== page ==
Ivor Cutler: Amid cost-of-living crisis, we need his gloomy wit more than ever – Aidan Smith

Right, that’s enough! The kids had been irritating all weekend, and when they do this, and especially in such spectacular fashion, they know what’s coming.

Non-stop moaning. Constant bickering in the back seat. Total ingratitude for the fact they were being chauffeured all over town to do nice things. It was definitely time for “Life in a Scotch Sitting Room”.

You’ve just been to a friend’s birthday party, I said to our youngest, giant inflatable in the shape of a T-Rex, hours of endless fun sliding down the big purple tongue – do you know that playtime for Ivor and his siblings was battering each other over the head with thistles while shaking hands? Or… sticking a foot down a rabbit hole, turning a right angle and trying to extricate “with the brogue still on”?

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Daddy, what’s a brogue? It’s a type of shoe. You’d think they were old-fashioned so you should be thankful that me and your mum don’t make you wear them. Or kilts every day.

Poet and musician Ivor Cutler, pictured in 1974 (Picture: Evening Standard/Hulton Archive/Getty Images)

I’d like to play the rabbit-hole game, Daddy. Well, maybe you wouldn’t much care for this: a trip to the “seaside” without leaving the sitting room where sand on a tin lid is handed round, but only three specks per child, the luckiest blighter receiving the “big quartz grain” – these to juggle or “reflect light to dazzle Grandpa as he sits muttering and picking at his sporran”. Then the girls, while knitting, coarse salt having been dropped onto their tongues, would blow in the faces of the boys to simulate a sea breeze, flying spittle aiding the illusion, while treacle is poured from one milk jug to another to replicate waves.

Ivor – as our kids know, greeting him with a chorus of tired groans when he pops up on the in-car sound-system – is Ivor Cutler. The Scottish humorist, in our house, in our sitting room, is the patron saint of not knowing you’re born and, through repeated blasts of that mournful harmonium, signalling that another lament of Calvinistic privation wouldn’t be far behind, I think I may be getting somewhere. At long last, after prolonged exposure to the episode which begins, “The children micturated into a large sponge which sat by the window… ”, the message might be hitting home.

The timing is perfect, for Sunday was the centenary of the great man’s birth. Yesterday brought the publication of the first biography, Bruce Lindsay’s A Life Outside the Sitting Room (Equinox). And tomorrow, on Radio 4 Extra, it’s Ivor Cutler Day.

I was too young to have heard Cutler on the old Home Service and missed his cameo role as Buster Bloodvessel in the Beatles’ Magical Mystery Tour, shown on TV on Boxing Day, 1967, as that was the Christmas I was confined to bed with mumps. So my first exposure to him was as an avid teenage devotee of John Peel’s late-night Radio 1 show in the 1970s when the punky thrashing would be interrupted by his odes to joylessness.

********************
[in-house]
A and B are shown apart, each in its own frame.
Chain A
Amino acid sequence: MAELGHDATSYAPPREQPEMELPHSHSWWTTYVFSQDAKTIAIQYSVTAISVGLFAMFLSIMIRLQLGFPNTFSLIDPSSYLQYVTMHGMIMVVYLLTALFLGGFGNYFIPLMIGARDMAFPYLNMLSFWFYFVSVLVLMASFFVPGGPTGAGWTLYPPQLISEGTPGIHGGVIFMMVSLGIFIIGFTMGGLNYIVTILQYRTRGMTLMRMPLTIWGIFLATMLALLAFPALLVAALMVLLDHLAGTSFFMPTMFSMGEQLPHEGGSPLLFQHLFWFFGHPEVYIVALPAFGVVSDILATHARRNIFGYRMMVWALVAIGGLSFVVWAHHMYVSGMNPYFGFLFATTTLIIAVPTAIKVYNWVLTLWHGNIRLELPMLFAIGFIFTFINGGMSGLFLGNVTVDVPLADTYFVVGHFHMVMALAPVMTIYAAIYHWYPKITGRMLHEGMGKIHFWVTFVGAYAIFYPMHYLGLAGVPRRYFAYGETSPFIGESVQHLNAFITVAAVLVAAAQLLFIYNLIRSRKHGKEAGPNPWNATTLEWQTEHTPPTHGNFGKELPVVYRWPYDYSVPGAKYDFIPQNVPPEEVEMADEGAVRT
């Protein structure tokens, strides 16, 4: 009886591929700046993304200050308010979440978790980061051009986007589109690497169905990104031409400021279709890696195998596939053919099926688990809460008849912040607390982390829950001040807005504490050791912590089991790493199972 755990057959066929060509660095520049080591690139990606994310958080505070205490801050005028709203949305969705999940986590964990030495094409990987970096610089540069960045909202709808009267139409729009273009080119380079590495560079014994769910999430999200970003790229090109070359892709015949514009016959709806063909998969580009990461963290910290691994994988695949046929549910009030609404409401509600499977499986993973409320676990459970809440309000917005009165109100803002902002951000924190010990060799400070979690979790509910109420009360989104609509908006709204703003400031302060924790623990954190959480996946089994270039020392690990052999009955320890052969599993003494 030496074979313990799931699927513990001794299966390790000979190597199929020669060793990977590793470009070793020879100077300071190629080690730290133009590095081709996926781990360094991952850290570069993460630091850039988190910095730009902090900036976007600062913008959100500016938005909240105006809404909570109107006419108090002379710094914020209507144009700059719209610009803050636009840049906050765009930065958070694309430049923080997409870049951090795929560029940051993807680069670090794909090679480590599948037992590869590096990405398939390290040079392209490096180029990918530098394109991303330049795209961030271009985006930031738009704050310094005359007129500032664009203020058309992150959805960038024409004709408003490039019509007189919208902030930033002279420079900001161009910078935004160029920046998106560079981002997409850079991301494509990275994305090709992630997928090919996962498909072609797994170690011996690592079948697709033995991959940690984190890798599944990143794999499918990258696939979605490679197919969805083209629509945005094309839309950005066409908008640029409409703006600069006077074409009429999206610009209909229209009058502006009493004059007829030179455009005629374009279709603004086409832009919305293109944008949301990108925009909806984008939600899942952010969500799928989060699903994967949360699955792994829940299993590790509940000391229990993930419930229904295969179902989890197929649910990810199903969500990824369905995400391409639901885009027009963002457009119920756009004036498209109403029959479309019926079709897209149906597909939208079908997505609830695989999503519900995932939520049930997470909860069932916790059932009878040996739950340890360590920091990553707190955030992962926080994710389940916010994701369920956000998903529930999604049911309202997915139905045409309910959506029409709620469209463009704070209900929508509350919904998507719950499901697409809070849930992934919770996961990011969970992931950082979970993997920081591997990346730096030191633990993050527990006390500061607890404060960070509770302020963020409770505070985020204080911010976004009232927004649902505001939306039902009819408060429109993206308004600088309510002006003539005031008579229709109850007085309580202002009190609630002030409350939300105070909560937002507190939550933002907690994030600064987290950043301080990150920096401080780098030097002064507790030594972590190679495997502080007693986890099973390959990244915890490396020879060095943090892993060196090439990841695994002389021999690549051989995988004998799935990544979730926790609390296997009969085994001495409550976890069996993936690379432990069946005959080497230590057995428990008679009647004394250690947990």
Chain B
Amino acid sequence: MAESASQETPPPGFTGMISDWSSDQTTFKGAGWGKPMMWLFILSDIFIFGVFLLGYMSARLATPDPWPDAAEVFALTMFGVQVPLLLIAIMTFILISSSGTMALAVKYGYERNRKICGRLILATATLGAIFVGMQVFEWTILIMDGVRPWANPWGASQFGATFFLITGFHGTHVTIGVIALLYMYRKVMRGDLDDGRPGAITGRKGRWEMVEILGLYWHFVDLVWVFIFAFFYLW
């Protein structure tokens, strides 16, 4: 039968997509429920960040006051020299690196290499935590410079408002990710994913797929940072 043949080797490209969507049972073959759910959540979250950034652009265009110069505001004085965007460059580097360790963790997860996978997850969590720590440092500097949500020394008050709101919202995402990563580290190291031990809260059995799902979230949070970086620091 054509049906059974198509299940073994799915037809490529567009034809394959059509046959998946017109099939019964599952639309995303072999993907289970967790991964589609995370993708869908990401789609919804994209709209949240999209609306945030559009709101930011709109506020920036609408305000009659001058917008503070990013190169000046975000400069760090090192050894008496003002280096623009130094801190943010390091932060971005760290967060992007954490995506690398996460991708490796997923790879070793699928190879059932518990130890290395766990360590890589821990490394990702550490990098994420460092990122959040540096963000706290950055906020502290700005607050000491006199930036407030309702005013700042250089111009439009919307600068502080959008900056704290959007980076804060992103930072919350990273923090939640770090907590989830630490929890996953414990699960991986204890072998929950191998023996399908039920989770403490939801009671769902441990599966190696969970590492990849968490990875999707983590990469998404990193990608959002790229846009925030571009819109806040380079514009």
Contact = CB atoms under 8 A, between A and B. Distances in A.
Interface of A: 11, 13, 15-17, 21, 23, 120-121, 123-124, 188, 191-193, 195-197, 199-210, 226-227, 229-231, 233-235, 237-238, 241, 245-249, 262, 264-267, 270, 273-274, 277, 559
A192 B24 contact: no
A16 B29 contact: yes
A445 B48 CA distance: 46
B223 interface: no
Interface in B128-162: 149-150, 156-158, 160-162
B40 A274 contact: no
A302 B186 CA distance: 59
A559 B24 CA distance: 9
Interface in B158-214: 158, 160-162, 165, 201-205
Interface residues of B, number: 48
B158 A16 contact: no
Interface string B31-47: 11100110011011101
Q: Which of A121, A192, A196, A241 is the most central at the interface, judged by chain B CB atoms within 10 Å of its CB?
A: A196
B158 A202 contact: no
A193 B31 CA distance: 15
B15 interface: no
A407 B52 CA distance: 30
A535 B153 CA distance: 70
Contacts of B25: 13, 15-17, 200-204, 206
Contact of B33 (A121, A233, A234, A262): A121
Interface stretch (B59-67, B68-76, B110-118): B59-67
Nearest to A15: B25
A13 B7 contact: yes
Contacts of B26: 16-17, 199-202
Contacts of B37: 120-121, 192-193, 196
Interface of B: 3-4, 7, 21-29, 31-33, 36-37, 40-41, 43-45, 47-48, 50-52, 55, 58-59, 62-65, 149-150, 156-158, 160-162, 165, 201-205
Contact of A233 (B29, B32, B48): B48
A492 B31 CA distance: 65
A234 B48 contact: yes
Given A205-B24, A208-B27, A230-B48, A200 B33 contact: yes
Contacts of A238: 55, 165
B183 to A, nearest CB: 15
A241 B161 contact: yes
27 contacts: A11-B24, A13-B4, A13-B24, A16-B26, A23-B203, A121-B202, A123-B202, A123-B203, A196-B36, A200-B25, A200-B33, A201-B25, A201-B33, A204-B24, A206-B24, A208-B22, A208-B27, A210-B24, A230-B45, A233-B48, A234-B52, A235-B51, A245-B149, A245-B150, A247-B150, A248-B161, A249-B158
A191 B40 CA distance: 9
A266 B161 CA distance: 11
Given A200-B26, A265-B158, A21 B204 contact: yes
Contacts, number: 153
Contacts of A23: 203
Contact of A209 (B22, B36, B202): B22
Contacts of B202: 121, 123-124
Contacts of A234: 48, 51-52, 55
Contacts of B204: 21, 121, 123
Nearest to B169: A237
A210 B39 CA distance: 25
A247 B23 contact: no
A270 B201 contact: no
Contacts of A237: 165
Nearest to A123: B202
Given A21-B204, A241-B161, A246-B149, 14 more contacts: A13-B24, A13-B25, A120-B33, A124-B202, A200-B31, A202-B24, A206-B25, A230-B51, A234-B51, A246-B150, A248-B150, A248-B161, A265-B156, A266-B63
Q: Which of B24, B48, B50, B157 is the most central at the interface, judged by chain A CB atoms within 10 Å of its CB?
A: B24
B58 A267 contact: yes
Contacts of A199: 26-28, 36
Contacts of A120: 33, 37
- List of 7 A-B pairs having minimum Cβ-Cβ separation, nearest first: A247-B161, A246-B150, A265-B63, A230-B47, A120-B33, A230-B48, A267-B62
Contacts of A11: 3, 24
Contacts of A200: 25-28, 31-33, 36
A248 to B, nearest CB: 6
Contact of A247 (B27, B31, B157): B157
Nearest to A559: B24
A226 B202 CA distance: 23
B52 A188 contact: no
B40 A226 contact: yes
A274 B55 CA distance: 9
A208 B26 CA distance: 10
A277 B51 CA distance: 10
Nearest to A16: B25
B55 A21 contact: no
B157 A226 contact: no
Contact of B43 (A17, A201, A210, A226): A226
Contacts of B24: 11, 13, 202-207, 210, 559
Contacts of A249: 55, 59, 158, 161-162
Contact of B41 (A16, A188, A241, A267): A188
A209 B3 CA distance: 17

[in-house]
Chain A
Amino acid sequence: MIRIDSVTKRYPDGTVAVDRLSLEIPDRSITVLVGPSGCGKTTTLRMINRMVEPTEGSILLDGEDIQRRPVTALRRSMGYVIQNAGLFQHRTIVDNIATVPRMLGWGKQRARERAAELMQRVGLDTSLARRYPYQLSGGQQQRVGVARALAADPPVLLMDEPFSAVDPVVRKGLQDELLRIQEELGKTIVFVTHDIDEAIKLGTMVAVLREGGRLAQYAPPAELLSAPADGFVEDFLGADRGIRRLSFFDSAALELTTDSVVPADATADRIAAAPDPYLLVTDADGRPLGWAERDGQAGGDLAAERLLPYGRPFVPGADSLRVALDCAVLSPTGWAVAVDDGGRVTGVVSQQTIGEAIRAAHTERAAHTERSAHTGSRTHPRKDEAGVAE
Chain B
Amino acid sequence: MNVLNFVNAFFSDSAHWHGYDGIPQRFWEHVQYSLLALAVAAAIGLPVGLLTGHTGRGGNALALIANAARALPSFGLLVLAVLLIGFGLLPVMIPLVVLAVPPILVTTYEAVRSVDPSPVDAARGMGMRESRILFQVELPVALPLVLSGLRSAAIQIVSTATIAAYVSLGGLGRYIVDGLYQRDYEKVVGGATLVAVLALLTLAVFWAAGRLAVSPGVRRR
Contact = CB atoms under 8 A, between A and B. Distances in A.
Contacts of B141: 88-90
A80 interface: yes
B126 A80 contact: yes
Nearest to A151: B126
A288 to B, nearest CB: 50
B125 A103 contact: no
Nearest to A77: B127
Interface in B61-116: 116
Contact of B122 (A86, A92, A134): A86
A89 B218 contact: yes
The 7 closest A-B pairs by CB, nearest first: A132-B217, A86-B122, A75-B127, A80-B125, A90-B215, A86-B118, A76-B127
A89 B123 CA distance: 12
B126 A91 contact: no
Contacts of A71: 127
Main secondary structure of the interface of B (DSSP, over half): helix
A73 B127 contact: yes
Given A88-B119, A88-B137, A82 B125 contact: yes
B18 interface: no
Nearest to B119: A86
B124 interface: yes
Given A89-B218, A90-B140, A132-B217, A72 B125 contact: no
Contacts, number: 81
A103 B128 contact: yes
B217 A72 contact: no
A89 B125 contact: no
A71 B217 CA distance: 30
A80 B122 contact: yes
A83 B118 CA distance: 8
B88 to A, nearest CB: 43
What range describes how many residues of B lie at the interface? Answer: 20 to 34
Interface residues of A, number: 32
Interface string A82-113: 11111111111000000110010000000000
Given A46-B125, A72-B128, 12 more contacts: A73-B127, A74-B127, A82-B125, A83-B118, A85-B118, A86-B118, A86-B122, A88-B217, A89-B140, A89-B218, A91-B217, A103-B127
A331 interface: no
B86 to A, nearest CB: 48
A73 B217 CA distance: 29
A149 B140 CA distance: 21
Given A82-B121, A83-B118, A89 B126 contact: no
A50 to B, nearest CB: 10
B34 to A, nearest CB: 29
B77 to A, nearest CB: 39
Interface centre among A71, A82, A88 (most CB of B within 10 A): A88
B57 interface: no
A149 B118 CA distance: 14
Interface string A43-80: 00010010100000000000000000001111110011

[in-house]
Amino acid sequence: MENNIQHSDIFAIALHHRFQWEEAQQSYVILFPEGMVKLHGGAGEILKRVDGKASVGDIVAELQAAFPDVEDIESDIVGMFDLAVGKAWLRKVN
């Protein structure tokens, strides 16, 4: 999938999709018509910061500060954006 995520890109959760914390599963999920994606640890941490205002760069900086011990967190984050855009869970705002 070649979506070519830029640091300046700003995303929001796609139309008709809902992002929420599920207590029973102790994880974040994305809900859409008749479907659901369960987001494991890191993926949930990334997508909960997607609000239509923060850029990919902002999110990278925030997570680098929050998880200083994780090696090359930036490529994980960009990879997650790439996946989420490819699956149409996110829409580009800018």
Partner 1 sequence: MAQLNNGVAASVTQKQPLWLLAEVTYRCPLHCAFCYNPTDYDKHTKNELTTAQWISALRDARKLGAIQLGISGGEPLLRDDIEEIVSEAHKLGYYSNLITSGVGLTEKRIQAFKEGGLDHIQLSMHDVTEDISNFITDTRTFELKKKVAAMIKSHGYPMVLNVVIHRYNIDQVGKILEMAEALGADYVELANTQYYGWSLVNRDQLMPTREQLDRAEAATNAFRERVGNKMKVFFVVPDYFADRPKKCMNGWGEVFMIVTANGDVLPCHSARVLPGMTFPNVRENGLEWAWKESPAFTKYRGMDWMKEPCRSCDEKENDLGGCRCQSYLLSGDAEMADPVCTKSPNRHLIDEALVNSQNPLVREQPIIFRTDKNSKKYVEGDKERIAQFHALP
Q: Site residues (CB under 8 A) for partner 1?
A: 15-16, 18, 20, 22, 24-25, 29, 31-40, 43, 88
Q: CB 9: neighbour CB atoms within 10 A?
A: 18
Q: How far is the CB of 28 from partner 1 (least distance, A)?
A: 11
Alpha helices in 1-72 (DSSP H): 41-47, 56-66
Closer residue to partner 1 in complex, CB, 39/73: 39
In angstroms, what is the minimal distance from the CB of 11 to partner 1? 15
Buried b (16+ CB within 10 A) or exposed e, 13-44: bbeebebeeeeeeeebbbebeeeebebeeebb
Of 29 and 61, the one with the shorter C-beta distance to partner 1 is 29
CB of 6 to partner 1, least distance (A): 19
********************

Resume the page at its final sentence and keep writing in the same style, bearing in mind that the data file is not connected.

I didn’t know what “micturated” meant and had to look it up. But was “Life in a Scotch Sitting Room” really autobiographical? It was grim but also gripping, and I’ve continued to be fascinated by stern, Spartan, smacked bottom-no supper Scotland.

By Joan Eardley’s paintings of cross-eyed street urchins playing on bomb sites. By memories of outside cludgies. By the sitting room inhabited by a young Denis Law: “Music was a comb and paper and Christmas was a Dinky car, a tangerine, a packet of Spangles and an uncrackable nut,” the football legend told me. And by the Proclaimers on their most recent album recalling the Sabbath decree of park swings being chained up to prevent use – not as long ago as you might think and not just in “Wee Free” territories either.

Lindsay’s prodigiously researched book confirms that Cutler really wasn’t making it up. His Jewish grandparents were among thousands who had fled Eastern Europe for America, only they somehow ended up in Glasgow’s Gorbals. Cutler was born a goal-kick from Rangers’ Ibrox Stadium in Govan, and grew up in marginally swankier surroundings, but he came to prefer his grandparents’ locale. The same cake was made by the family in different ways – one with milk and the other with water. “I always preferred the one with water,” he remarked. “I liked austerity.”

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Cutler had to run the gauntlet of Glasgow’s religious divide, the challenge being: “Are you a Billy or a Dan… or an old tin can?” (The old tin can was a Jew, who might be kicked down the street by both Protestants and Catholics).

His schoolmasters could be just as bullying and anti-Semitic – an honorable exception being an inspirational music teacher at Shawlands Academy – and in three years he calculated he was belted 200 times. Cutler didn’t forget those punishments when he became a teacher, was reluctant to produce the strap at Paisley’s South School and, when he left the post, he cut it into little pieces, one for each pupil. His methods were quirky and curriculum-flouting but in London they were much admired by arty parents such as poet Roger McGough, film-maker Ken Russell and guitarist John Williams.

Cutler remained a teachers’ champion. Once asked what his first act would be if he became ruler of the world, he said he’d make teaching the top profession, rewarded accordingly, with the highest wages going to those in charge of the youngest kids – perhaps small consolation for those involved in the current pay dispute.

And, as we get ready for Ivor Cutler Day, doesn’t “Life in a Scotch Sitting Room” have resonance for a cost-of-living crisis? That’s what I’ll be telling my kids next weekend, anyway, when I dish out the sand, grain by grain.

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